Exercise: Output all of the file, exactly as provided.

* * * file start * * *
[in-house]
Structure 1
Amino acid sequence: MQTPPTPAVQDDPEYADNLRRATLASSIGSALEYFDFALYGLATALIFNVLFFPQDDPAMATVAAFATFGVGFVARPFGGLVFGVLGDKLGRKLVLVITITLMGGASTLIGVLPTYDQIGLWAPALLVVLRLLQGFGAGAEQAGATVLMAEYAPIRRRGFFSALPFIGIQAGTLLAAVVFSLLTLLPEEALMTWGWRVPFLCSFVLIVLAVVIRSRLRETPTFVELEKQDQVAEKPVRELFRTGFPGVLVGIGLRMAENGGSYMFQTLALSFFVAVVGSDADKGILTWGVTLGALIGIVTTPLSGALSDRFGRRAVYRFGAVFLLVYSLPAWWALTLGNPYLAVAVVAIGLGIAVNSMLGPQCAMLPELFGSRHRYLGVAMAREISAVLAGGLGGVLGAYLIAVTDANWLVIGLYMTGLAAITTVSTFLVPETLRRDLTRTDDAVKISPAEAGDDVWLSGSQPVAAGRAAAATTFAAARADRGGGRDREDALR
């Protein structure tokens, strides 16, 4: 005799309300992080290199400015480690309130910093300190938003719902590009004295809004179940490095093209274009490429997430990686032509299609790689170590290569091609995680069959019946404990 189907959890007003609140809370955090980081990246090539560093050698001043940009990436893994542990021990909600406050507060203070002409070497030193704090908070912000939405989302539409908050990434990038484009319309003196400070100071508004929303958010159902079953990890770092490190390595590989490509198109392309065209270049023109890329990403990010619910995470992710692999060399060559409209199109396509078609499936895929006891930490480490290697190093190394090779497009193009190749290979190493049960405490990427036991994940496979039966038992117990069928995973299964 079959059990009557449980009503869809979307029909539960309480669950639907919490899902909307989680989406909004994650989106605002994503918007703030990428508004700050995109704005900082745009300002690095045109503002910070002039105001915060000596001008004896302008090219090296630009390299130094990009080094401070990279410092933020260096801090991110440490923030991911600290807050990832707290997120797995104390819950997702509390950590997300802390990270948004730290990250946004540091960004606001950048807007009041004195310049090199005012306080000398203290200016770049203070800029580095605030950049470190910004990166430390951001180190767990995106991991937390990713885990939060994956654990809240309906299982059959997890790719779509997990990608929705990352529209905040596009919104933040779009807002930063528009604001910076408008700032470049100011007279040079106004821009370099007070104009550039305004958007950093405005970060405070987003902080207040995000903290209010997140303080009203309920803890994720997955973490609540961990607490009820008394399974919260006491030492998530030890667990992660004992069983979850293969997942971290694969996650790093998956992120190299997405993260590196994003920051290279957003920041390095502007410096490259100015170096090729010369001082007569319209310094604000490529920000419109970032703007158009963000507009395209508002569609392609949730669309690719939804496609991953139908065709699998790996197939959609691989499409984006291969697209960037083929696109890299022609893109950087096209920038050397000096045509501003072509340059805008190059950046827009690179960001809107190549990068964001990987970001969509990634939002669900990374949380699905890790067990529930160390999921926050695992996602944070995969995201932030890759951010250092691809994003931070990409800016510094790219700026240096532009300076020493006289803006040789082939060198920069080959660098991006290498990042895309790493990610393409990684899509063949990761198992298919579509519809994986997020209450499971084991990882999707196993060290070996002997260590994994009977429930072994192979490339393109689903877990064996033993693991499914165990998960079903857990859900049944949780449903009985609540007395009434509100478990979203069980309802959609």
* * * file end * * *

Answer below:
[in-house]
Structure 1
Amino acid sequence: MQTPPTPAVQDDPEYADNLRRATLASSIGSALEYFDFALYGLATALIFNVLFFPQDDPAMATVAAFATFGVGFVARPFGGLVFGVLGDKLGRKLVLVITITLMGGASTLIGVLPTYDQIGLWAPALLVVLRLLQGFGAGAEQAGATVLMAEYAPIRRRGFFSALPFIGIQAGTLLAAVVFSLLTLLPEEALMTWGWRVPFLCSFVLIVLAVVIRSRLRETPTFVELEKQDQVAEKPVRELFRTGFPGVLVGIGLRMAENGGSYMFQTLALSFFVAVVGSDADKGILTWGVTLGALIGIVTTPLSGALSDRFGRRAVYRFGAVFLLVYSLPAWWALTLGNPYLAVAVVAIGLGIAVNSMLGPQCAMLPELFGSRHRYLGVAMAREISAVLAGGLGGVLGAYLIAVTDANWLVIGLYMTGLAAITTVSTFLVPETLRRDLTRTDDAVKISPAEAGDDVWLSGSQPVAAGRAAAATTFAAARADRGGGRDREDALR
């Protein structure tokens, strides 16, 4: 005799309300992080290199400015480690309130910093300190938003719902590009004295809004179940490095093209274009490429997430990686032509299609790689170590290569091609995680069959019946404990 189907959890007003609140809370955090980081990246090539560093050698001043940009990436893994542990021990909600406050507060203070002409070497030193704090908070912000939405989302539409908050990434990038484009319309003196400070100071508004929303958010159902079953990890770092490190390595590989490509198109392309065209270049023109890329990403990010619910995470992710692999060399060559409209199109396509078609499936895929006891930490480490290697190093190394090779497009193009190749290979190493049960405490990427036991994940496979039966038992117990069928995973299964 079959059990009557449980009503869809979307029909539960309480669950639907919490899902909307989680989406909004994650989106605002994503918007703030990428508004700050995109704005900082745009300002690095045109503002910070002039105001915060000596001008004896302008090219090296630009390299130094990009080094401070990279410092933020260096801090991110440490923030991911600290807050990832707290997120797995104390819950997702509390950590997300802390990270948004730290990250946004540091960004606001950048807007009041004195310049090199005012306080000398203290200016770049203070800029580095605030950049470190910004990166430390951001180190767990995106991991937390990713885990939060994956654990809240309906299982059959997890790719779509997990990608929705990352529209905040596009919104933040779009807002930063528009604001910076408008700032470049100011007279040079106004821009370099007070104009550039305004958007950093405005970060405070987003902080207040995000903290209010997140303080009203309920803890994720997955973490609540961990607490009820008394399974919260006491030492998530030890667990992660004992069983979850293969997942971290694969996650790093998956992120190299997405993260590196994003920051290279957003920041390095502007410096490259100015170096090729010369001082007569319209310094604000490529920000419109970032703007158009963000507009395209508002569609392609949730669309690719939804496609991953139908065709699998790996197939959609691989499409984006291969697209960037083929696109890299022609893109950087096209920038050397000096045509501003072509340059805008190059950046827009690179960001809107190549990068964001990987970001969509990634939002669900990374949380699905890790067990529930160390999921926050695992996602944070995969995201932030890759951010250092691809994003931070990409800016510094790219700026240096532009300076020493006289803006040789082939060198920069080959660098991006290498990042895309790493990610393409990684899509063949990761198992298919579509519809994986997020209450499971084991990882999707196993060290070996002997260590994994009977429930072994192979490339393109689903877990064996033993693991499914165990998960079903857990859900049944949780449903009985609540007395009434509100478990979203069980309802959609």